8 miles in…. 7:35 pace.  Perfect, I thought.  I was feeling good.  As the course continued it’s downward path, I enjoyed every bit of it.  I spent a bunch of those miles hanging out with, and swapping positions on the road with this woman.  She had Boston in mind, too.  Luckily a photog on the course caught us in a happy moment.

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She didn’t get her BQ either, and I never saw her again when we hit one of the hills on the course.  Thanks for keeping me company Denise!  Hope to see you in Boston one day!

Somewhere between miles 10 and 12, it happened.  BQ hopes and dreams went up in smoke.  I felt the first twinge.  Then another.  Then another, and another.  My calves were starting to give me trouble.  They finally set in, and pretty much out of nowhere.  Cramps that were just debilitating.  The kind of cramps that set you off the side of the road, in pain.  Waiting for the pain to subside.  Massaging it away, willing it to go away.  Stay away!

They didn’t.  Unlike any other race prior.  Mind you, this was my 20th marathon.  For the next 10 miles I struggled with these damn cramps.  Off and on.  On and off.  Terrible.  I struggled not only with those, but also the voice inside me saying “it’s over”.  It was over.  I knew it.  When the cramps didn’t go away after a few bouts, I knew it was over.  Ok, wrap your head around just doing the best you can.  I tried to make the most of it.  Hell, I even took some pictures when I was trying to walk out a cramp.  At least I had great scenery.

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The cramps were relentless.  I adjusted my stops at aid stations.  Trying just water, trying just Gatorade, trying a combination.  Eating a banana.  Well, bottom line is that they lasted easily ten miles, the most irritating ten miles I think I’ve ever run.  Irritating because of all of the starts and stops.  Knowing my time was slipping further and further and further away from my goal.  It was just excruciating.  The agony of defeat.  A bitter pill, for sure.

As my time slowed to a nonsensical pace at times, it took everything I had not to cry out of pure frustration.  Was it the altitude?  How was I dehydrated?  Did I overwork myself the day prior?  Why in the hell was I cramping like this today?  The day I was going after my BQ?  Why?  Bite the bullet and run when you can.  Try to salvage what you can.  I convinced myself that I would not give up, that I would still give it all I had.  What?  Now my nipple was bleeding?  Bloody hell!  What now?  I did my best to cover the suspect at photo spots on course.  What’s worse than free photos with bloody nipples?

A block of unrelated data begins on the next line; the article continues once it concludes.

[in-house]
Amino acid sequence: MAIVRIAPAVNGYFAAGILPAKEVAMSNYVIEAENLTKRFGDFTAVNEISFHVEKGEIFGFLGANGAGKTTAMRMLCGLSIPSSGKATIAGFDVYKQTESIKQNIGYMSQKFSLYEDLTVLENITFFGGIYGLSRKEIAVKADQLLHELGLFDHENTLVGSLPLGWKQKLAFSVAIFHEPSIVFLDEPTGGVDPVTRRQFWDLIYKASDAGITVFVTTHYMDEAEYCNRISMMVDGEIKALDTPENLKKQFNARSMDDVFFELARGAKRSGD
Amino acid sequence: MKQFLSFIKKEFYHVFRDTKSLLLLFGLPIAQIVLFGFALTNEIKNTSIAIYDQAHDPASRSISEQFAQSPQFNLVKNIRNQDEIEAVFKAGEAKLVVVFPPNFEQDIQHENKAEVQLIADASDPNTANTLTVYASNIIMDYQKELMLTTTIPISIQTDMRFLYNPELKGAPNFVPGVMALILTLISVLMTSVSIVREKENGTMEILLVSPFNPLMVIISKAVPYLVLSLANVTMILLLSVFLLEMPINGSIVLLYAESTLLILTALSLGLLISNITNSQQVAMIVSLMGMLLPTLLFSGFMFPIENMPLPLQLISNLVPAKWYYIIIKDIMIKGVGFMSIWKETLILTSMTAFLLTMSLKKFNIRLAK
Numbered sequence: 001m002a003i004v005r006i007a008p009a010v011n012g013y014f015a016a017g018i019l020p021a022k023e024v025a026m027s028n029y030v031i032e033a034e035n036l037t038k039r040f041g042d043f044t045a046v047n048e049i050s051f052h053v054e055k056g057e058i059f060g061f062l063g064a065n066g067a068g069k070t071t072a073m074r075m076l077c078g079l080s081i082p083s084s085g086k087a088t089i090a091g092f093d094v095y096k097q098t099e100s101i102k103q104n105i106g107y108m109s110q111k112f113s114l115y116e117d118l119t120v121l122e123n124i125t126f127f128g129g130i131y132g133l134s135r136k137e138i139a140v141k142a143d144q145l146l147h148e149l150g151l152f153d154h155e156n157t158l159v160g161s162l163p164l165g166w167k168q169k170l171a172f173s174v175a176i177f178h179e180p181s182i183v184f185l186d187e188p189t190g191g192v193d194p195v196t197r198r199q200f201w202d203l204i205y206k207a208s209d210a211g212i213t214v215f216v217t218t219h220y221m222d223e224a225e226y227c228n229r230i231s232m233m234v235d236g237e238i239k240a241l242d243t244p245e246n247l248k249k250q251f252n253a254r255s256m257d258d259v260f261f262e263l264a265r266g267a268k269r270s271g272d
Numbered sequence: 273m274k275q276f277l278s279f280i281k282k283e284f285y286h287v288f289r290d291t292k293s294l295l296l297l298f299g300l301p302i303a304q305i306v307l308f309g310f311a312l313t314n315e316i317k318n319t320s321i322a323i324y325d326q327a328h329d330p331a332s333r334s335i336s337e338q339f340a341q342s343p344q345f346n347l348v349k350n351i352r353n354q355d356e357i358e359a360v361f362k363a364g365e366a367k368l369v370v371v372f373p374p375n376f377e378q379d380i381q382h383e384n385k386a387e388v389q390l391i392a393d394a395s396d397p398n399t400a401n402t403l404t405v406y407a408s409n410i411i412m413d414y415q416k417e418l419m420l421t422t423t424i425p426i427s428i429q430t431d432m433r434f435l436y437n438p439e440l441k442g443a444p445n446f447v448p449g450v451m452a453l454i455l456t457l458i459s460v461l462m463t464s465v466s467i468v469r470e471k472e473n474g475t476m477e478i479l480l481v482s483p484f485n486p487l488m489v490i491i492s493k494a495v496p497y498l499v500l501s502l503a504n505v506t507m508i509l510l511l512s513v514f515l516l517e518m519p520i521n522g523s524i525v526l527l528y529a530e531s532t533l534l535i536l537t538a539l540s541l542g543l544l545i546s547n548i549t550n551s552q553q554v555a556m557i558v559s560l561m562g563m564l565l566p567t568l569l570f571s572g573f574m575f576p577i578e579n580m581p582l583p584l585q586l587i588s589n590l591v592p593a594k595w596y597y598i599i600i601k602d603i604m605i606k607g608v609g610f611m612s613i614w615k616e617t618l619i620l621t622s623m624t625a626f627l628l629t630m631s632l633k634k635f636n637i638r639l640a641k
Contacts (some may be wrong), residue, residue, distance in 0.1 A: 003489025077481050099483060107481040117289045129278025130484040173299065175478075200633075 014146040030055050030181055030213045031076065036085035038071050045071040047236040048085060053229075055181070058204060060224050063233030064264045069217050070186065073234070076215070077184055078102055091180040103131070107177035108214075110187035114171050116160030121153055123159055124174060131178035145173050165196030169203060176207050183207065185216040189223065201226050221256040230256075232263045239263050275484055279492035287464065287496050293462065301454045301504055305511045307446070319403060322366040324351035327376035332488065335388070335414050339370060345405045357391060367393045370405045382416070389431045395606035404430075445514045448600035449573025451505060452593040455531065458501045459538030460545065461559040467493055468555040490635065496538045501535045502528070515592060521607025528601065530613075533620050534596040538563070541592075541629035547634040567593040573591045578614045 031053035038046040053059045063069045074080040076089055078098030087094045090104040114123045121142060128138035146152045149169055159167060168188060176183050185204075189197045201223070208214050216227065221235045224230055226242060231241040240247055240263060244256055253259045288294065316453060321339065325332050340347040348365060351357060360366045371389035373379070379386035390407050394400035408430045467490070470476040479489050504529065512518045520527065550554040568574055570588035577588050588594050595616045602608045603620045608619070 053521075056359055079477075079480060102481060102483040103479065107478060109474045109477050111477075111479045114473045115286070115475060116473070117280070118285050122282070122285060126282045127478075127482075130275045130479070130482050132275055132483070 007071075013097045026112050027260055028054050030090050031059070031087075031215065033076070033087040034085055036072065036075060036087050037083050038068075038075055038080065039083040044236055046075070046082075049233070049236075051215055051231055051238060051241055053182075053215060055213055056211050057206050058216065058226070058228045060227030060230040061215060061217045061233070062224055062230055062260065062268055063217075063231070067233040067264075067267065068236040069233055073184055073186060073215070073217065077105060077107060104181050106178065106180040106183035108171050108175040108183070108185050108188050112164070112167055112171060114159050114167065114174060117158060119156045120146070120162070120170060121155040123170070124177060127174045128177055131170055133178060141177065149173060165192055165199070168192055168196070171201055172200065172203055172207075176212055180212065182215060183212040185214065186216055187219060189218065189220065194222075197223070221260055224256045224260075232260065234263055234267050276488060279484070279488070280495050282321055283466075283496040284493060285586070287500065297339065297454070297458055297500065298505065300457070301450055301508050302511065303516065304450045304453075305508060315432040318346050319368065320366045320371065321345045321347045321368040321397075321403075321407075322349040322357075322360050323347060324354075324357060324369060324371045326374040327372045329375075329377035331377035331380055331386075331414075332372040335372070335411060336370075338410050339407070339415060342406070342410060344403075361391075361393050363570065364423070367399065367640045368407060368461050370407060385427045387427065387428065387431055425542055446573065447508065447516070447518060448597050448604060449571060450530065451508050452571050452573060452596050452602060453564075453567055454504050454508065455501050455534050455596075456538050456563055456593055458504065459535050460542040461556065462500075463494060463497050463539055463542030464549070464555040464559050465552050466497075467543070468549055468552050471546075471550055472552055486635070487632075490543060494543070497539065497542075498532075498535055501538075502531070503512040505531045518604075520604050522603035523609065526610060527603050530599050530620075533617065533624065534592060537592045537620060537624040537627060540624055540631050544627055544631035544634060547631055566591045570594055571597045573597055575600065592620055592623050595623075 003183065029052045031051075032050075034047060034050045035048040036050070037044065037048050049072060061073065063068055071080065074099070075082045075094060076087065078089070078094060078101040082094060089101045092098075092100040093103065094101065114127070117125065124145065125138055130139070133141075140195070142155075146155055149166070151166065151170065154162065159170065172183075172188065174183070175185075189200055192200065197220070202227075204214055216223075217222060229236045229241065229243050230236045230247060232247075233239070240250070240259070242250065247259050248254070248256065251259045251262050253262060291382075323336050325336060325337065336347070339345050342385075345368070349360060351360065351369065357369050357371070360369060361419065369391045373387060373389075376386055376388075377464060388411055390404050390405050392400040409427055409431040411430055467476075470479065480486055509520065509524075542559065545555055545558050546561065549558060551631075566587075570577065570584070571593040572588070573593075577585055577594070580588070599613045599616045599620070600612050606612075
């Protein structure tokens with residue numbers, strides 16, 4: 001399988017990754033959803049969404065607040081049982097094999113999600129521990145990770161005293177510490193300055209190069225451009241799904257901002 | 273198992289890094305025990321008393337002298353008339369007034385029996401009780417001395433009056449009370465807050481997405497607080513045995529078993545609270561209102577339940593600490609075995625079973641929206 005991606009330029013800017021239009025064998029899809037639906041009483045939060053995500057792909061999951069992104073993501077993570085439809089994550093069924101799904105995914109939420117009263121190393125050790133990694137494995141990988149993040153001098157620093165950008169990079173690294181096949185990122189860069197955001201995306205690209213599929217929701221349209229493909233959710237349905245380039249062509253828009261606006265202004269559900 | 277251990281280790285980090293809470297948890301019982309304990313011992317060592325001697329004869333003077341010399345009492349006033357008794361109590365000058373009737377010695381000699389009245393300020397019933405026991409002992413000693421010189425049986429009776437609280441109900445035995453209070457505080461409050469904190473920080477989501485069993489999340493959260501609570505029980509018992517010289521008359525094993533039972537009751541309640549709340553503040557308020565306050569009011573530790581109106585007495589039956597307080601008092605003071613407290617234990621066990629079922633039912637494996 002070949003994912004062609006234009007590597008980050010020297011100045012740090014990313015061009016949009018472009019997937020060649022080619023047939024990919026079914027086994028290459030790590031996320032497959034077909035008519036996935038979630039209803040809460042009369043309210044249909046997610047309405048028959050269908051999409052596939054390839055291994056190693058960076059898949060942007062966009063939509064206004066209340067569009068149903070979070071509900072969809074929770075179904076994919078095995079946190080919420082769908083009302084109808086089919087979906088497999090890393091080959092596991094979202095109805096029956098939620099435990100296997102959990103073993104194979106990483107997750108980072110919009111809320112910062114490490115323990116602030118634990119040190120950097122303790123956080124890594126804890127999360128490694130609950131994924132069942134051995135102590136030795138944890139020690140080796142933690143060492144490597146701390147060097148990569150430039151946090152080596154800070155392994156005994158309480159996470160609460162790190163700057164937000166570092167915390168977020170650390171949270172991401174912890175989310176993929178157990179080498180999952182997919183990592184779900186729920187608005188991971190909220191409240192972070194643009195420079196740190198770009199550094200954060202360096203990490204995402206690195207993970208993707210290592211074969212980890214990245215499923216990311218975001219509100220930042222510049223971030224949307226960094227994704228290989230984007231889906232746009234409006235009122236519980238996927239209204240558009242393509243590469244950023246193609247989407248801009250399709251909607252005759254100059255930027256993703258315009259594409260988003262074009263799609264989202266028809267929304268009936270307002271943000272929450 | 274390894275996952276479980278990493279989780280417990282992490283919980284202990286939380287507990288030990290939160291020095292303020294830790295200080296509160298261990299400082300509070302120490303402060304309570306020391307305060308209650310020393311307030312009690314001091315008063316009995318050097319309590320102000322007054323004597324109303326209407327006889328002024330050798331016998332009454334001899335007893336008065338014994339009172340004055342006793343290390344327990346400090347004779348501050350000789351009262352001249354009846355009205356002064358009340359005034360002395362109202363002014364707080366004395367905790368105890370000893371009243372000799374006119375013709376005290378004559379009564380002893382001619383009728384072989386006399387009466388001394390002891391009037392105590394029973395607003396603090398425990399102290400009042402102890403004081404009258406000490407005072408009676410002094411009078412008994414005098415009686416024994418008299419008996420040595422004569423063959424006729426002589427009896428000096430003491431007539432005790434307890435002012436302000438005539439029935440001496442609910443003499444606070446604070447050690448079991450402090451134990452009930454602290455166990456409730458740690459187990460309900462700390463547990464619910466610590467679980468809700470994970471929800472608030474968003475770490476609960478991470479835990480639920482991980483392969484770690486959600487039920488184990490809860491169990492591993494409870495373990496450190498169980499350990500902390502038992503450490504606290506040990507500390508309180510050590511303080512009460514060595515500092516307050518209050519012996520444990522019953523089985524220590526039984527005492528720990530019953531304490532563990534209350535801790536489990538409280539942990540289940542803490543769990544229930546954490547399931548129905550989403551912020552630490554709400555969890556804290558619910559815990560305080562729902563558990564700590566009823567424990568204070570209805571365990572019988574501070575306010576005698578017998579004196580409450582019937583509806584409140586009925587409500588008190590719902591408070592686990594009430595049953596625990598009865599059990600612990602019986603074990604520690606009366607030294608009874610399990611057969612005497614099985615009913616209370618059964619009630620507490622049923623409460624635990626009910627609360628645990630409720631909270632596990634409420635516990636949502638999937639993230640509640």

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I tried to paste on a smile.  Every now and then.

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Sometimes it worked, other times, well, not so much.

But guess what?  This guy doesn’t give up!  I don’t quit, and I make the most of what’s given to me.  And I’ll be damned, I ran that final three miles and never stopped.  Sure, I struggled for what seemed like an eternity.  But you know what?  I didn’t stop.  I will never stop.  I won’t stop.  Nope.  I know it will take the perfect race for me to get to Boston, but it will happen.  One day.

I made it to the finish on Sunday.  I ran with pride into the town of Morrison.  Not a soul passed me the final three miles of that race.  The cramps subsided, and I made the most of it.  I may not have scorched the finish line that day, but I ran my way to my best marathon finish of the year, despite the trouble I had.  It goes to show that part of my race was good anyway.

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I crossed the finish line in 3:46:46.  Tired, but holding on.  Marveling in another marathon finish, really, what can I not be proud of?  Sure, I didn’t get that BQ I had hoped for, but I still finished strong.  My calves did me in that day, but so hard to complain.  I made it to the finish, in one piece.  Breathing, alive, and mostly happy.  It would take a few minutes for the sting to wear off, but it did.  Looking back on it now, I wish I had a second chance.  That is such the perfect course for a BQ.  I know in my heart that if I hadn’t dealt with cramping issues that day, I could have done it.  It just wasn’t meant to be that day.  But, there will be more opportunities.  That is what I love about our sport.  The opportunity is there tomorrow, if you want to redeem yourself.  Really, the opportunities are endless.